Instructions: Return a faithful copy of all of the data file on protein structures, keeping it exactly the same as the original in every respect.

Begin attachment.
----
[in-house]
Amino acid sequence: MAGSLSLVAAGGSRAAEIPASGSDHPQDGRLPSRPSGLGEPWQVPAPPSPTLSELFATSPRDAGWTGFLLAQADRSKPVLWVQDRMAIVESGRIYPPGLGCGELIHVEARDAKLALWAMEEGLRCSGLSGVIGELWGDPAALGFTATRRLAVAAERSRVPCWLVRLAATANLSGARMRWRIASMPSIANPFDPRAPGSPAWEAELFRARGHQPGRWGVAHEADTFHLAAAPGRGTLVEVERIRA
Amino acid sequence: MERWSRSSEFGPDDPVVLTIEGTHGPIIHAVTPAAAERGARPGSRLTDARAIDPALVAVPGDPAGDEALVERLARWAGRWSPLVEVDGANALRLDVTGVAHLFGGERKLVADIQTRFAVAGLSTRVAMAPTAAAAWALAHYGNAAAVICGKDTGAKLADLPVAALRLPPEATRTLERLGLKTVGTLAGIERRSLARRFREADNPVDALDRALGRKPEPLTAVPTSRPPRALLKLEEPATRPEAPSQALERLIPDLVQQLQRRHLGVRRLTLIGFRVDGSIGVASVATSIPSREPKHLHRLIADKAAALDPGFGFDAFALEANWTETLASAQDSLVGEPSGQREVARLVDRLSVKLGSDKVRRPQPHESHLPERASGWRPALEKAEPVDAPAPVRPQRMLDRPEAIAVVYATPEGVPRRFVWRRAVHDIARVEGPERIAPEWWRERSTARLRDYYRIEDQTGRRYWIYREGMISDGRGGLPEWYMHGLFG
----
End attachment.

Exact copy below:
[in-house]
Amino acid sequence: MAGSLSLVAAGGSRAAEIPASGSDHPQDGRLPSRPSGLGEPWQVPAPPSPTLSELFATSPRDAGWTGFLLAQADRSKPVLWVQDRMAIVESGRIYPPGLGCGELIHVEARDAKLALWAMEEGLRCSGLSGVIGELWGDPAALGFTATRRLAVAAERSRVPCWLVRLAATANLSGARMRWRIASMPSIANPFDPRAPGSPAWEAELFRARGHQPGRWGVAHEADTFHLAAAPGRGTLVEVERIRA
Amino acid sequence: MERWSRSSEFGPDDPVVLTIEGTHGPIIHAVTPAAAERGARPGSRLTDARAIDPALVAVPGDPAGDEALVERLARWAGRWSPLVEVDGANALRLDVTGVAHLFGGERKLVADIQTRFAVAGLSTRVAMAPTAAAAWALAHYGNAAAVICGKDTGAKLADLPVAALRLPPEATRTLERLGLKTVGTLAGIERRSLARRFREADNPVDALDRALGRKPEPLTAVPTSRPPRALLKLEEPATRPEAPSQALERLIPDLVQQLQRRHLGVRRLTLIGFRVDGSIGVASVATSIPSREPKHLHRLIADKAAALDPGFGFDAFALEANWTETLASAQDSLVGEPSGQREVARLVDRLSVKLGSDKVRRPQPHESHLPERASGWRPALEKAEPVDAPAPVRPQRMLDRPEAIAVVYATPEGVPRRFVWRRAVHDIARVEGPERIAPEWWRERSTARLRDYYRIEDQTGRRYWIYREGMISDGRGGLPEWYMHGLFG